2011 Cadillac CTS-V Wagon Road Test

2011 Cadillac CTS-V Wagon Road Test

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2011 Cadillac CTS-V Wagon

(6.2L V8 Supercharger 6-speed Manual)

The $77,000 Masculinity Policy Has Arrived

Nothing says "I've still got sack" like a 100-foot burnout in a supercharged, pushrod-powered American wagon loaded with a toddler, a stroller, a case of Huggies pull-ups and 2 gallons of organic reduced-fat milk. This, friends, is the 2011 Cadillac CTS-V Wagon. It's a machine built for the unemasculated American male who still makes a nod to utility. And we want one. Badly.

Honestly, we're not certain who the customers are for Cadillac's wild crossbreed of speed and function. The investment banker family man with the need to carry the occasional ladder, maybe? Or, perhaps, the successful mortgage broker whose midlife crisis involves wholesome burnouts with two kids and a dog in the back?

We don't know. And, frankly, neither does Cadillac. Best of all, it doesn't really matter. Why? Because Cadillac only has to sell 37 CTS-V wagons — the third V-series car in the CTS line — to break even on the project.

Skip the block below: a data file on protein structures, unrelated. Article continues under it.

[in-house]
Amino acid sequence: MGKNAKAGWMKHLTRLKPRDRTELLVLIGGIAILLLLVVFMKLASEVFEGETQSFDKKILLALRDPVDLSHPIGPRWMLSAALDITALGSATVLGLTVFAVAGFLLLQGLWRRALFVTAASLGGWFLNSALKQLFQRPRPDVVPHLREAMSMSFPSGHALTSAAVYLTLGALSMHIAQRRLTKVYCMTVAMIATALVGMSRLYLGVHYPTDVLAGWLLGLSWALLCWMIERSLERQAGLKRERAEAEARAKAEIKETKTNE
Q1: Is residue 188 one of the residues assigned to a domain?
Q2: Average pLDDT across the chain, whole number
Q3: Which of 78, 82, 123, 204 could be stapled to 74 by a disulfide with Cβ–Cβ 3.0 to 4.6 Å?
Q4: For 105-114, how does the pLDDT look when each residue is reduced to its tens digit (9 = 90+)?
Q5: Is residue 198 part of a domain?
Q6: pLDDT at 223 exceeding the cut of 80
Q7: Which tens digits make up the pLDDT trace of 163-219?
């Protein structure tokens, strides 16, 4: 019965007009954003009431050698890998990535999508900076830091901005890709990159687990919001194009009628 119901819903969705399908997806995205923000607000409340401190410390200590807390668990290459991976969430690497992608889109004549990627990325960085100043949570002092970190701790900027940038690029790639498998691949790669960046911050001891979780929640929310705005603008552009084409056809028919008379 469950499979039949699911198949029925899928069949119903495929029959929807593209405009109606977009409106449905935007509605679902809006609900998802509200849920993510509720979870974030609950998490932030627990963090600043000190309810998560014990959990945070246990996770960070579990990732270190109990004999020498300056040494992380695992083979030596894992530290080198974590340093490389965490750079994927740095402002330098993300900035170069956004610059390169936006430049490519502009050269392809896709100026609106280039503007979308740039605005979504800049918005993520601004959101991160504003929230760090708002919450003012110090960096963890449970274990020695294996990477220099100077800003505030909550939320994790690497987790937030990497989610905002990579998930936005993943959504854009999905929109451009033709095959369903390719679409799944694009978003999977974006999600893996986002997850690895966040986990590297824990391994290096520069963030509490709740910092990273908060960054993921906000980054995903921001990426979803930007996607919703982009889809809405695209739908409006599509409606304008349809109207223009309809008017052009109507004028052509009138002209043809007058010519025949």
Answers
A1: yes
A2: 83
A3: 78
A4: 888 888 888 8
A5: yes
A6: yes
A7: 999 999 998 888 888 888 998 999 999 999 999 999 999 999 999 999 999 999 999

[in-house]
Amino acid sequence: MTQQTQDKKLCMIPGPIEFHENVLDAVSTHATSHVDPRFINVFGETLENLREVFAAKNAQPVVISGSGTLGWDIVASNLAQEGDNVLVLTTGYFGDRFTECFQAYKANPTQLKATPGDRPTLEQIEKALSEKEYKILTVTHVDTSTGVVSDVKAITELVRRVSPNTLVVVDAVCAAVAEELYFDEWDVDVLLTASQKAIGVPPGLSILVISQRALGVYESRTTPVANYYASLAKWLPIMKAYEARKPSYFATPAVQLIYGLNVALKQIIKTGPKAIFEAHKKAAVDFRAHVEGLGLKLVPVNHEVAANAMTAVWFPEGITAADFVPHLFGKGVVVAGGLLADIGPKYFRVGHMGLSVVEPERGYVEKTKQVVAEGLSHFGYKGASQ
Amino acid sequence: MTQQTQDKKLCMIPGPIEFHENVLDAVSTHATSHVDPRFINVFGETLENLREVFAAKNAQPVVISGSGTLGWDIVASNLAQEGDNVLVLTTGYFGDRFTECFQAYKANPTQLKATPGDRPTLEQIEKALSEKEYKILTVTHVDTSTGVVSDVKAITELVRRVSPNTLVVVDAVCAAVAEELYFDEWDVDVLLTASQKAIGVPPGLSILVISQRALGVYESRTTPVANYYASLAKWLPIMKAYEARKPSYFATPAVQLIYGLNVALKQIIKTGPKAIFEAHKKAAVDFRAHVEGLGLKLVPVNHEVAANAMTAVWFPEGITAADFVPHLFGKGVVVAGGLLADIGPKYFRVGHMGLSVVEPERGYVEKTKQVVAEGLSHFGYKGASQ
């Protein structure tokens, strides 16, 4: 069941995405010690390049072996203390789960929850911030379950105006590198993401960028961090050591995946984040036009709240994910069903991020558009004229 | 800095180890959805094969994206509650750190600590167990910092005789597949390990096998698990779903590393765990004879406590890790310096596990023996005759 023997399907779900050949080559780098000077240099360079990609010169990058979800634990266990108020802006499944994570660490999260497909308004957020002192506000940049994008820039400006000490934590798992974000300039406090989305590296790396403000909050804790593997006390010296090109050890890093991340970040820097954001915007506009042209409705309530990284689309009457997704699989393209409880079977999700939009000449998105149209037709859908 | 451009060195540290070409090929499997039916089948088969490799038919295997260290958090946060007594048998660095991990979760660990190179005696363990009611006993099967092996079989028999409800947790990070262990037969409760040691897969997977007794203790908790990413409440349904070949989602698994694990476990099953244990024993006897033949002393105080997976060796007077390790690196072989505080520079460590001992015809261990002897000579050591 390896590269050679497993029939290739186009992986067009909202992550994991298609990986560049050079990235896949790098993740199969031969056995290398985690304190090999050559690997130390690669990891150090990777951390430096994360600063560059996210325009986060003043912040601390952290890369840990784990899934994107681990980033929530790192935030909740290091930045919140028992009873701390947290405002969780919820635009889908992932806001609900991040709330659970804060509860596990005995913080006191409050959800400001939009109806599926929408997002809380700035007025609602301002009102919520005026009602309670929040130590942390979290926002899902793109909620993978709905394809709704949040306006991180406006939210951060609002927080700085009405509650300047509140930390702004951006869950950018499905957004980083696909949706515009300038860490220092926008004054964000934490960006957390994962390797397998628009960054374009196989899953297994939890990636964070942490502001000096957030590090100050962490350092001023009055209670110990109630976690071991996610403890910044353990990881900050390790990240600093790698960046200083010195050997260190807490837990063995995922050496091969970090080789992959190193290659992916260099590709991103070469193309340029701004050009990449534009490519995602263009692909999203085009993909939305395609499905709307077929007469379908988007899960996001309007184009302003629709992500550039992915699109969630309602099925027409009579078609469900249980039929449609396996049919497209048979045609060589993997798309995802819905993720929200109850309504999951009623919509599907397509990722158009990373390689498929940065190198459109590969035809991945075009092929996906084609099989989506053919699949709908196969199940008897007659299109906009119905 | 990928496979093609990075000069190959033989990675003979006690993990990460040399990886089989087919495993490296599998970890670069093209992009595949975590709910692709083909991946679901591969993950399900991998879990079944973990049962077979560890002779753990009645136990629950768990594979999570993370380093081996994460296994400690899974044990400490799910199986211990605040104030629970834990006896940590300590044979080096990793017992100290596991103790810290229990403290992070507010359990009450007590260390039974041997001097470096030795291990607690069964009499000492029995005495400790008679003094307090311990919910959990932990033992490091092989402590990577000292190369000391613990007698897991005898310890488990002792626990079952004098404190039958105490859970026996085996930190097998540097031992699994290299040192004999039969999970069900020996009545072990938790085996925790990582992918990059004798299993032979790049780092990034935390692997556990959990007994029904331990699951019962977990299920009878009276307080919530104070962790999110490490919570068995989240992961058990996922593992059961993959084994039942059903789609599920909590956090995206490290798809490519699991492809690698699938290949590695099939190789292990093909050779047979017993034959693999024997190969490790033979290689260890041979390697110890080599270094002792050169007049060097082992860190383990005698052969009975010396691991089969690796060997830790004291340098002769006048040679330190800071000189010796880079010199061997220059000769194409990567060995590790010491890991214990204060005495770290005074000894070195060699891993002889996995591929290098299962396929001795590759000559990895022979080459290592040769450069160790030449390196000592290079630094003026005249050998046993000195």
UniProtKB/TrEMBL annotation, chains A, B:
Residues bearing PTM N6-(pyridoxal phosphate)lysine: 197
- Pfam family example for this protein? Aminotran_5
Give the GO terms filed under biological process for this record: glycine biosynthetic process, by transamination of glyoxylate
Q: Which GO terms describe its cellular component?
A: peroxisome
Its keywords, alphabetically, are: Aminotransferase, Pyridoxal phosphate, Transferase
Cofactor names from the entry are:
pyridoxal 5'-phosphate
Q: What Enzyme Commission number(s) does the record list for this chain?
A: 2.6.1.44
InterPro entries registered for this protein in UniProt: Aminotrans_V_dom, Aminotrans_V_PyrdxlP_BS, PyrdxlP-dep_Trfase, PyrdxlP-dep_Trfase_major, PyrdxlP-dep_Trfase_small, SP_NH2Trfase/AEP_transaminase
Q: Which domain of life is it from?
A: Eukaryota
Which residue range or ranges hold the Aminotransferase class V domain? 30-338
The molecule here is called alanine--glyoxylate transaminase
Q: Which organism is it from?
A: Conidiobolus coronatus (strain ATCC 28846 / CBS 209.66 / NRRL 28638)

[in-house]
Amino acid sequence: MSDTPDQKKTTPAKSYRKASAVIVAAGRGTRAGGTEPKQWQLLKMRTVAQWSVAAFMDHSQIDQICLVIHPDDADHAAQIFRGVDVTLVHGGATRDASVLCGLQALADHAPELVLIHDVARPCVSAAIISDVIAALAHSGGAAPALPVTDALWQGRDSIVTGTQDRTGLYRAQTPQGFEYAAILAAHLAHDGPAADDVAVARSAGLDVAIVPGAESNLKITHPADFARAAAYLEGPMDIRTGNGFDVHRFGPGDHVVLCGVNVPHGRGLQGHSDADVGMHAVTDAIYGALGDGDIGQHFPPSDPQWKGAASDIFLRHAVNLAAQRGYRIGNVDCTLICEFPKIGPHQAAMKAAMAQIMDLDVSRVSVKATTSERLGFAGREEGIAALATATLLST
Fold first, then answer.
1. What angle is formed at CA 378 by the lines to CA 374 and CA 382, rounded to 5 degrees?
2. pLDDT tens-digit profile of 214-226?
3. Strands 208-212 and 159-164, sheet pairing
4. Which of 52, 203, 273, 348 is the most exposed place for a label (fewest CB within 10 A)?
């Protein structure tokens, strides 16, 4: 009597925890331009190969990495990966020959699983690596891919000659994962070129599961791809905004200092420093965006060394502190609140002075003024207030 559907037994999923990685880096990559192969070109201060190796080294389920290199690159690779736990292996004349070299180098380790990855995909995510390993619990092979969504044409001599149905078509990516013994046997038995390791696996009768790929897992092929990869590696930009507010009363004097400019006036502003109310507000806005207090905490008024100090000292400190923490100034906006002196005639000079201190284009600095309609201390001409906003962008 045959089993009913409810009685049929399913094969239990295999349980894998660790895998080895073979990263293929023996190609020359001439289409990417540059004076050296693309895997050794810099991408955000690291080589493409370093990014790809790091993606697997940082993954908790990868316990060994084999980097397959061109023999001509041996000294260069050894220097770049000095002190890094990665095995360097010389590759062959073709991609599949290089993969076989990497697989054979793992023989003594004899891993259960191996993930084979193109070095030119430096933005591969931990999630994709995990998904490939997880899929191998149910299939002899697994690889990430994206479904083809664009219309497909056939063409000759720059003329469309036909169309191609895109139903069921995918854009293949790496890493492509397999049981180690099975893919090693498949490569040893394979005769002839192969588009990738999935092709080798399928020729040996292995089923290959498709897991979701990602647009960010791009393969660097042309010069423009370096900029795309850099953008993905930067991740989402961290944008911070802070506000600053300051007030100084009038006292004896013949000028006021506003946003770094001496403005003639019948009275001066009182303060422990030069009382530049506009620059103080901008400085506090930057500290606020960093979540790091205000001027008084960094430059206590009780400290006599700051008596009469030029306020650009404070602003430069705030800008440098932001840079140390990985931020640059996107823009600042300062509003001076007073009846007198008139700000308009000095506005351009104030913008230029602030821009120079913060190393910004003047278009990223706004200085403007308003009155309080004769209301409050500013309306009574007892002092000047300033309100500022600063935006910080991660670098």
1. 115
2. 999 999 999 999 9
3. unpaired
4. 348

And if that's not a testament to economies of scale, we don't know what is.

Wagoning the CTS-V
Talk to Don Butler, vice president of Cadillac marketing, and you begin to get an idea why this is the case. "There's not a lot different on the wagon," Butler says. "Really, it was just a matter of making certain the wagon could live up to the standard of V-branded products."

We can verify that it does. Our mother-in-law nearly slapped us silly the first time we ran the big Caddy up on the torque converter, released the brake and pinned her freshly styled locks into the leather headrests. Wagons, at least in her day, never performed such feats.

But the 2011 Cadillac CTS-V Wagon is happy to oblige. After all, it's endowed with all the trickery of other Cadillac V cars — supercharging, two-mode magnetic ride control suspension, Brembo brakes and huge, sticky Michelins. Sure, there were small compromises to keep the budget down — like the fact that this car shares its rear fascia and exhaust outlets with the standard CTS Sport Wagon while other V products get proprietary rear bumpers and exhaust outlets. But the wagon's only real compromises come in the form of additional weight and reduced rigidity.

You Can't Tell
According to Ed Piatek, CTS-V Wagon program engineering manager, the wagon is 8 percent less rigid than the sedan in bending rigidity and 3.8 percent less rigid than the sedan in torsional rigidity. However, it speaks highly of the wagon's body structure that the development team didn't feel the need to add any additional bracing over that of the standard CTS Sport Wagon.